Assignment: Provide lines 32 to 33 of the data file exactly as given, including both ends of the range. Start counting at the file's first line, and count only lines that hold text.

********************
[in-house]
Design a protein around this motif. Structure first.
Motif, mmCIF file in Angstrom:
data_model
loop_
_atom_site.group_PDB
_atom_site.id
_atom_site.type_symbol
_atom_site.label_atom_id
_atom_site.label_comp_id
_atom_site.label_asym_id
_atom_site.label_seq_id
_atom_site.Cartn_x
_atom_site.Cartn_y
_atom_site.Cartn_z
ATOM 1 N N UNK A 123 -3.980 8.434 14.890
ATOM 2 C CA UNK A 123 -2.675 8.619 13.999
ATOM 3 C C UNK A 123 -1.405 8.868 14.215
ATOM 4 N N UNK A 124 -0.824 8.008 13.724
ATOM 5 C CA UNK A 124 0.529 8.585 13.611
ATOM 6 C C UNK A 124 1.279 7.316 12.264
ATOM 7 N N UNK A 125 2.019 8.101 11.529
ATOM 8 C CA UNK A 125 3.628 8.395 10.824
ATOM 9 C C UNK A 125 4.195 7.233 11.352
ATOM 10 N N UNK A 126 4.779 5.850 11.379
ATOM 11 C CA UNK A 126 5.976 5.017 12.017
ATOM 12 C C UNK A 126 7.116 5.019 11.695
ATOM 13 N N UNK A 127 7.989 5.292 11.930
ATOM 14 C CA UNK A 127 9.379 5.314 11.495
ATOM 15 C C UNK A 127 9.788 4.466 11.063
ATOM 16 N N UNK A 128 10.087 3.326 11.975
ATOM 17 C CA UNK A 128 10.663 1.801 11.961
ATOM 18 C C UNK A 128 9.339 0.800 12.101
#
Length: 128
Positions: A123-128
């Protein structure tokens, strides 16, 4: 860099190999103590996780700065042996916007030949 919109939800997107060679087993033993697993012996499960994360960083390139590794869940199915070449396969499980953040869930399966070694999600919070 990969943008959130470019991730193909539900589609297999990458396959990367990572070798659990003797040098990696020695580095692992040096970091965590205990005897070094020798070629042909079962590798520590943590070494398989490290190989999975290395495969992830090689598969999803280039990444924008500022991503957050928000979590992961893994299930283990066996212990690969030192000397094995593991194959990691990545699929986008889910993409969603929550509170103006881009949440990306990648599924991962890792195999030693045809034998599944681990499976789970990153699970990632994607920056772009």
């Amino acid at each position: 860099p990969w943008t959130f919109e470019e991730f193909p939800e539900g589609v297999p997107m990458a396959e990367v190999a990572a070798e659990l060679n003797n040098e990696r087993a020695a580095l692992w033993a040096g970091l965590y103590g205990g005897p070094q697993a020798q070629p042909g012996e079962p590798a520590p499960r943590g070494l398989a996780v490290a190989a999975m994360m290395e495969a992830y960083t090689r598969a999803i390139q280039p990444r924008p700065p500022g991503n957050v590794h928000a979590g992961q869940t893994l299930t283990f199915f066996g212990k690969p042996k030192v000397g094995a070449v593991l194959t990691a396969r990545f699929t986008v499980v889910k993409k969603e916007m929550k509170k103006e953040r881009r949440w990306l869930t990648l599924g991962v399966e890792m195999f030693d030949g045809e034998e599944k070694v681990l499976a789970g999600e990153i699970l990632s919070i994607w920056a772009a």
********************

ATOM 17 C CA UNK A 128 10.663 1.801 11.961
ATOM 18 C C UNK A 128 9.339 0.800 12.101